The Great Debate UK
Wall Street is once again aflutter with talk of impending job cuts. But jittery traders may have a few months more grace before the knives come out. With trading revenue falling, the pressure is growing for investment banks to lay off staff. But executives are still debating whether the current slump is a blip. Nobody wants to slash ranks right before a turnaround. The summer could be safer than many think.
It has happened before. Morgan Stanley scaled back its fixed-income operations after the 2008 crisis, leaving an already-damaged franchise unprepared for the bailout-fueled market recovery the following year. The firm has since hired 400 or so people in interest rates and other more liquid markets, but has not yet made much progress toward its goal of increasing revenue by around a third to 8 percent of the top 10 players' share.
Merrill Lynch also hit the panic button in 2008, perhaps more understandably given the tens of billions of dollars of losses its structured credit desks generated. But Tom Montag, who had just been hired from Goldman Sachs to run trading, extended the cull to the equities desks, too. The firm ended up trying to rehire scads of them months later, with varying success.
That was not the first time Merrill pulled the trigger too early on a cull. A decade ago then chief-executive-in-waiting Stan O'Neal cut thousands of staff soon after the Sept. 11 attacks. At the time the Thundering Herd was still trying to recover from its previous mass firing after the Russia and LTCM crisis in 1998.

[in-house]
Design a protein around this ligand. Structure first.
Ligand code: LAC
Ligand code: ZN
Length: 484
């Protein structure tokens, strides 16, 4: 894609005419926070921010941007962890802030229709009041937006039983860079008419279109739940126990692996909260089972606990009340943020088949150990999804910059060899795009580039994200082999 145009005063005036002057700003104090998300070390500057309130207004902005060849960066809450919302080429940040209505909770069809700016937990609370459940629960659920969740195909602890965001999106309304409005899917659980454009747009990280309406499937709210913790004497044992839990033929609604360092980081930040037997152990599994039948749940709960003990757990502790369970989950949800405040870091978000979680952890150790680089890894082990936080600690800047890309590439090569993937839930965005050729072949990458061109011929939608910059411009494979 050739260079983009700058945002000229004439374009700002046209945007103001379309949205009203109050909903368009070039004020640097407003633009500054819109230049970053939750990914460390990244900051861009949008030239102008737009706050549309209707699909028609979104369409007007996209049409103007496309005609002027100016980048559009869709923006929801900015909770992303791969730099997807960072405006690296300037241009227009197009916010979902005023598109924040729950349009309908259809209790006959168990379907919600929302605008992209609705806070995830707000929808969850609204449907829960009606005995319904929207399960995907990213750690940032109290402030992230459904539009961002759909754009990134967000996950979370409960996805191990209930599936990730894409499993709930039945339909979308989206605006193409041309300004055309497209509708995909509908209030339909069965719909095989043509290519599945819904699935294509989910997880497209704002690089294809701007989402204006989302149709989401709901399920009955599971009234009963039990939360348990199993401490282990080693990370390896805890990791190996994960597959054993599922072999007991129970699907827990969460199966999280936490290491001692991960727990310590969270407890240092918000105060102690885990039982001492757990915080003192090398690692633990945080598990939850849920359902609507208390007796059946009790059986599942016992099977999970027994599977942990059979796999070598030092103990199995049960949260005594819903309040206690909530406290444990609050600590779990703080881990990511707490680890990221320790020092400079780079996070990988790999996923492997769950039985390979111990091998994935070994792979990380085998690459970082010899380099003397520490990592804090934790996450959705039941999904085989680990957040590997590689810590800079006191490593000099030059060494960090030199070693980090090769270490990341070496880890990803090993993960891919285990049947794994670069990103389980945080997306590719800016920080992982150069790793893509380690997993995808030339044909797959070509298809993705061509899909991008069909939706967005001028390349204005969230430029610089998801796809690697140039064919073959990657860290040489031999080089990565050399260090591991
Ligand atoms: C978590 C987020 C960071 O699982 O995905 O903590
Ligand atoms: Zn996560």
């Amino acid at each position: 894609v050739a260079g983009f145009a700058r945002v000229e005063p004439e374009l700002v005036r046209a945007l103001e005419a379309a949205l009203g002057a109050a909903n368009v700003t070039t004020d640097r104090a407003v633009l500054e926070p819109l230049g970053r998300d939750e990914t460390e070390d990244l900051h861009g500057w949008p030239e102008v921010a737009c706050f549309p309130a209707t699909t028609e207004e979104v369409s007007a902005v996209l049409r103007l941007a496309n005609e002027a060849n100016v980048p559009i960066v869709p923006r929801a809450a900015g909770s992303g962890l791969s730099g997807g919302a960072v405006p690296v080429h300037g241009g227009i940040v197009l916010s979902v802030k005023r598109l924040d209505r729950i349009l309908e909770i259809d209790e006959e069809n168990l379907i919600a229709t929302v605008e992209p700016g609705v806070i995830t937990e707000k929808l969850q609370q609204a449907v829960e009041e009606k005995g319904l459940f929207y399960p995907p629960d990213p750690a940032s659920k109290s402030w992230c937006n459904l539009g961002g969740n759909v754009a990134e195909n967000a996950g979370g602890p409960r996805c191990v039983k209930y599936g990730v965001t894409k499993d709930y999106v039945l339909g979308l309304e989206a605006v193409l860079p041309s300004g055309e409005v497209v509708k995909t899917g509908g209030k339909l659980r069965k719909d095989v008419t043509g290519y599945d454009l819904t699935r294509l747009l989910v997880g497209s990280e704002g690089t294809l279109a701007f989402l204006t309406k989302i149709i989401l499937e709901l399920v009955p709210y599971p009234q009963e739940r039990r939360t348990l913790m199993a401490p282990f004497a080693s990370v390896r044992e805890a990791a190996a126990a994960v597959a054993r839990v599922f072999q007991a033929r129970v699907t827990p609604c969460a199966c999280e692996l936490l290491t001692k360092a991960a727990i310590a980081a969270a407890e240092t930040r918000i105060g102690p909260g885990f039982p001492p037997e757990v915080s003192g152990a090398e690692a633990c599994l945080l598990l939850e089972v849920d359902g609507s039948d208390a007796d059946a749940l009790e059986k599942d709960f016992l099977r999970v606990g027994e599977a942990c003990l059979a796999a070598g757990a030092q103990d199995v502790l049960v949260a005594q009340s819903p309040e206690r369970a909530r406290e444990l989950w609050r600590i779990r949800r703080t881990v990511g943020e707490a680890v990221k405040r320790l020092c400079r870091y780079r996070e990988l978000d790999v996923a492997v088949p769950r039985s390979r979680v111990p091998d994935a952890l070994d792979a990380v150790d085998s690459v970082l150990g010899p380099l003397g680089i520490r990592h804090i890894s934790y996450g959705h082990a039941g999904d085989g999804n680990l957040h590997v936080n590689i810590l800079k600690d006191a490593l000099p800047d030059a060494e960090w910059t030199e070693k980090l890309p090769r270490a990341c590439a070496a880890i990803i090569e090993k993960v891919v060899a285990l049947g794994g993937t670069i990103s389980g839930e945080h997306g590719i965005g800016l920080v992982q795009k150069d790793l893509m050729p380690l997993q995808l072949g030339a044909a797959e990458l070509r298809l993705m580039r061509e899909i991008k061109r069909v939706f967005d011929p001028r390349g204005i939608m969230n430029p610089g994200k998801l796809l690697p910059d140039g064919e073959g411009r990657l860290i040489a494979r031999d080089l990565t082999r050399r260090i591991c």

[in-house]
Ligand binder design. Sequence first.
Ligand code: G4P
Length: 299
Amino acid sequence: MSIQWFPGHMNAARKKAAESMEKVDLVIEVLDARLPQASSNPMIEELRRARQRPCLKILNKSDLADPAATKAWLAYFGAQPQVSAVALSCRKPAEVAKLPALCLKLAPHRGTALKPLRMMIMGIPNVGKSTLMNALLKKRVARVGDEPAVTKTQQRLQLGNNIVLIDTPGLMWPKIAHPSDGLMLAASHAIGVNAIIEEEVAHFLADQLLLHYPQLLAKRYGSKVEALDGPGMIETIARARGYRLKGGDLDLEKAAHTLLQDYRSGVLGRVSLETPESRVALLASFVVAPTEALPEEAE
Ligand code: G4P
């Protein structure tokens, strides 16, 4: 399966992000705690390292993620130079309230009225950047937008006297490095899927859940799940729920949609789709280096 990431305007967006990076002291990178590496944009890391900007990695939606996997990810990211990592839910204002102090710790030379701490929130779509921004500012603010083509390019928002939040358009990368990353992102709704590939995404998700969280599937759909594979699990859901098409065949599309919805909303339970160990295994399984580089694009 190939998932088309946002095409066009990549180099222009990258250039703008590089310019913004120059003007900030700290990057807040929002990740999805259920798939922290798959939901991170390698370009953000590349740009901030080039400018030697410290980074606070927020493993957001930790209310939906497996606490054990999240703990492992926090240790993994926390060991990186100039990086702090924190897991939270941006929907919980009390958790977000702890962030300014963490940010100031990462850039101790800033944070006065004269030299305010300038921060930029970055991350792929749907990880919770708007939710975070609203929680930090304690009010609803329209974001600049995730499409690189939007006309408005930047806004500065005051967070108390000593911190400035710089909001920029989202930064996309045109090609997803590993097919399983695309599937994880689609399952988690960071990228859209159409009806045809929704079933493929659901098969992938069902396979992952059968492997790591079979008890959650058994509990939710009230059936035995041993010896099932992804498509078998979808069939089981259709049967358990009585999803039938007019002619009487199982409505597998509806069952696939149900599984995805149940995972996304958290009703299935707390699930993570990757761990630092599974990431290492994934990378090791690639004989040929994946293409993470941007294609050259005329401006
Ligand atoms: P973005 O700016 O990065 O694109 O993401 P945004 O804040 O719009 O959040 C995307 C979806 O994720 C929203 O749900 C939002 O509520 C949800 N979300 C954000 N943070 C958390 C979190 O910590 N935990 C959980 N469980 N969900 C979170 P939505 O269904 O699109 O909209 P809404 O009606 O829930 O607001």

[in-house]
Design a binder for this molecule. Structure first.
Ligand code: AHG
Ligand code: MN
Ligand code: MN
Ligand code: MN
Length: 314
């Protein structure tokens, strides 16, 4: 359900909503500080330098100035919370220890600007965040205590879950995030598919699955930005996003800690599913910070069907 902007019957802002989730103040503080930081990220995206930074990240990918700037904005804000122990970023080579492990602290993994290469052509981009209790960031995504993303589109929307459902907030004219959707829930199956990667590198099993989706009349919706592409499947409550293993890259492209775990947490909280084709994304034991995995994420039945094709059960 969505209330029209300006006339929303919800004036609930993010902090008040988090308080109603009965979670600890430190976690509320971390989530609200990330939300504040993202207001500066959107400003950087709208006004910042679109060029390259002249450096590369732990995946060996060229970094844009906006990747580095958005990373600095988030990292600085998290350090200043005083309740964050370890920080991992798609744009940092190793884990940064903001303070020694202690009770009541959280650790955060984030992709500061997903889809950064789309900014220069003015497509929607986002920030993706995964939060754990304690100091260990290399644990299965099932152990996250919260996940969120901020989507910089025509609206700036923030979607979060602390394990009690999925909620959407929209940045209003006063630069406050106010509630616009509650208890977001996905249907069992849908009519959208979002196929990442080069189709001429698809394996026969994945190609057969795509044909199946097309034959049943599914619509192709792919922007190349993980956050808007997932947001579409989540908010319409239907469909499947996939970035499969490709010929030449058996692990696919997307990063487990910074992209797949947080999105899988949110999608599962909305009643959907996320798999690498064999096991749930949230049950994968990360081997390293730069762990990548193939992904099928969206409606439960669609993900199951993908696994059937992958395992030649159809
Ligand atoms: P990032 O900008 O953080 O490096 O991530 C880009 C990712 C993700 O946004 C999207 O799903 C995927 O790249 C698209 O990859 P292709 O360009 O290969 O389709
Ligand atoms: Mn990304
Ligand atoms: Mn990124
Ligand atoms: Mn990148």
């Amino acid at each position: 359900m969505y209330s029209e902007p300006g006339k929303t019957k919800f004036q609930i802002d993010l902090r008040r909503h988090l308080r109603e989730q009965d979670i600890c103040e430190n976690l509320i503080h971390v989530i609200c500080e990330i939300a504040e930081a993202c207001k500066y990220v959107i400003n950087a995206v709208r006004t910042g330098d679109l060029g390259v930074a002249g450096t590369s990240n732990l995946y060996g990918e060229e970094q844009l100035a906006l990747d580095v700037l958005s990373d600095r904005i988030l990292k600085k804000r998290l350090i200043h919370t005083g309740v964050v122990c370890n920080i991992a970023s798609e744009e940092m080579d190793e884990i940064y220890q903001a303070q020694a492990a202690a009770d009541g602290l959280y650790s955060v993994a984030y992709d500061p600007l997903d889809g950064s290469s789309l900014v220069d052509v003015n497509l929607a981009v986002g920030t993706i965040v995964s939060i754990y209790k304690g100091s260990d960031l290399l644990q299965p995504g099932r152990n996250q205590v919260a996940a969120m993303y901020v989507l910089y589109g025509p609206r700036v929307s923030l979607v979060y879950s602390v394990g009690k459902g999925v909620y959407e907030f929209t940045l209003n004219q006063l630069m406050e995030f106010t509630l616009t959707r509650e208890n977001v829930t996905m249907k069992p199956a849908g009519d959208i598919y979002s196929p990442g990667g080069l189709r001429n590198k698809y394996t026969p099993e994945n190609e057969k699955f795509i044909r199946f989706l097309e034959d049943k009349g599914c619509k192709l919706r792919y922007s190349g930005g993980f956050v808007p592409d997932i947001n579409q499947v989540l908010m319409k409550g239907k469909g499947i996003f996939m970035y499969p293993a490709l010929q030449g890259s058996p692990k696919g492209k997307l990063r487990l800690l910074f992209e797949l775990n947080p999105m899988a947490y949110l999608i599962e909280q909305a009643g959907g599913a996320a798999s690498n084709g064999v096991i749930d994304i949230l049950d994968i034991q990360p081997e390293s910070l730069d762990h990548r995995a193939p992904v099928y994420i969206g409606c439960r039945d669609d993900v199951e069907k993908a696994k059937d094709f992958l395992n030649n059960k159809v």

from The Great Debate:
Morgan Stanley has paid a steep price for trying to trade its way through tough markets and has failed to reap much of a reward.
In contrast to rivals Goldman Sachs and JP Morgan , which have both been reducing the amount of risk they hold in their trading book, including for commodities, Morgan Stanley has kept trading risk at a high level in a bid to catch up after falling behind in 2008-2009.
Three months is a long time in the markets, and particularly for banks. Alongside the rally in bank shares, investors have also bid up bank bonds, especially so-called tier 1 bonds which rank just above the equity in the list of creditors.
from The Great Debate:
China investors should care about three major numbers this year: 8 percent economic growth, its 4 trillion yuan ($586 billion) stimulus package, and the 10 industries revitalization plan.
The first is the government's economic growth target and the second is a spending plan to shield the economy from the global financial crisis.